He was Teacher and Master, and yet He served His followers.

He was Lord and Christ, and yet humbled Himself.

He had all things in His hands, and yet He picked up a towel.

(Wiersbe, The Bible Exposition Commentary, Vol 1, pgs 344-345.)

Jesus knew that there was a competitive spirit in the hearts of His disciples.  In fact, within a few minutes, the men were disputing over which of them was the greatest. He gave them an unforgettable lesson in humility, and by His actions rebuked their selfishness and pride.

I want to share another passage of Scripture we should know about. Please turn with me in your Bibles to Philippians 2. READ PHILIPPIANS 2:5-8.

Jesus was the Sovereign, yet He took the place of a servant. He had all things in His hands, yet He picked up a towel.  He was Lord and Master, yet He served His followers.  It has well been said that “humility is not thinking meanly of yourself; it is simply not thinking of yourself at all.” True humility grows out of our relationship with the Father. If our desire is to know and do the Father’s will so that we might glorify His name, then we will experience joy of following Christ’s example and serving others.

I’ve seen some people like that…I saw businessmen sweeping the floor, preparing the venue for the mission, lawyers and doctors, mingling with people who are not educated, but they don’t care on what other people might say! Why?  Because they have learned and experienced in their own lives that it has never been their money that has given them worth, it has never been their educational attainments that has given them worth, it has never been their connections that has given them worth…they have experienced that only Jesus has given value and worth for their lives! And they don’t care what task you will give to them, as long as it pleases the heart of the Heavenly Father!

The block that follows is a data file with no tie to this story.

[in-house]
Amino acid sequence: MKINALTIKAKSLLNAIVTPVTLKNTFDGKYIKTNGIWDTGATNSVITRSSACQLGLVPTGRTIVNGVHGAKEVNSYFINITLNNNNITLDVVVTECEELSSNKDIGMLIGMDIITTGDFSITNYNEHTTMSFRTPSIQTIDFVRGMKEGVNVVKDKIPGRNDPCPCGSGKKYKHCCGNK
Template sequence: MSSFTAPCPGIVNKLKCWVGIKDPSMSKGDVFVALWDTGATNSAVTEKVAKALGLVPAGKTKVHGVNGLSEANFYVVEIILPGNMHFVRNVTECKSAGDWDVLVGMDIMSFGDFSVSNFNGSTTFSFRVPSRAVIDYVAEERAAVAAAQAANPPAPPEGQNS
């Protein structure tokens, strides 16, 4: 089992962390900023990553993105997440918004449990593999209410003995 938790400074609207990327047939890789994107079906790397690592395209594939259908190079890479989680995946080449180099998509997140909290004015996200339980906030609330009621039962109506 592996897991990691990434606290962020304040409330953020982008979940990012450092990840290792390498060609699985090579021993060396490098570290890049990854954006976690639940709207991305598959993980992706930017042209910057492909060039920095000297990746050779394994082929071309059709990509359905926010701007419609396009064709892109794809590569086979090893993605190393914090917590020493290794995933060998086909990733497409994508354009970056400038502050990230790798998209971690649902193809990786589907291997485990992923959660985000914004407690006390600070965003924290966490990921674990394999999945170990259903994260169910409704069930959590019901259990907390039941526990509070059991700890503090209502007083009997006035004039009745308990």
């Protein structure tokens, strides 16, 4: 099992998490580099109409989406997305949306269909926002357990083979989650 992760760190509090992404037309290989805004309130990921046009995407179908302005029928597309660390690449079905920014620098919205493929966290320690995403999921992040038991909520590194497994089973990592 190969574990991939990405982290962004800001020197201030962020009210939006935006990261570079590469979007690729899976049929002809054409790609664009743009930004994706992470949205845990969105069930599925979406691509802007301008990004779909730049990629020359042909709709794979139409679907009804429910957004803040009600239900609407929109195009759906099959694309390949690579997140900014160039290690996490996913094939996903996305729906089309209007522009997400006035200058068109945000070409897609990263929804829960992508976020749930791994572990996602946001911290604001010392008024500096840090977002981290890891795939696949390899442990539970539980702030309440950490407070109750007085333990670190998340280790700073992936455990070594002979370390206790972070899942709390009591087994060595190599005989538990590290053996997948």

Jesus comes up with the idea of washing the disciples’ feet and he shocks them. The disciples should have been doing this for him. As he washes, you can hear the silence in the room. Finally, Peter’s are the last feet to be washed and he just can’t take it. He states, “Jesus, you can’t possibly do this. It is beneath you. You are my teacher and my Lord. How can you do this?” Jesus says, “Peter, you need this. You don’t understand what I’m doing. Unless you receive this, you have not part in me.” He’s really telling Peter that unless he are willing to do anything for God’s kingdom, he is not worthy of the kingdom. If we are going to follow Jesus, there is no such thing as something below our dignity. If God wants us to do something, we can’t say no if we are going to follow him. That’s what a servant does and it’s God’s message not only to Peter but to us as well.

If we follow him, there is no such thing as service below our dignity. Husbands, is there anything below your dignity in the service of your wife? Wives, is there anything that you consider below your personal dignity in the service of your husband? Parents, is there anything below your dignity in the service of your children. Children or youth, is there anything below your dignity in the service of your parents? If so, then you have not understood this message yet or this act of Jesus.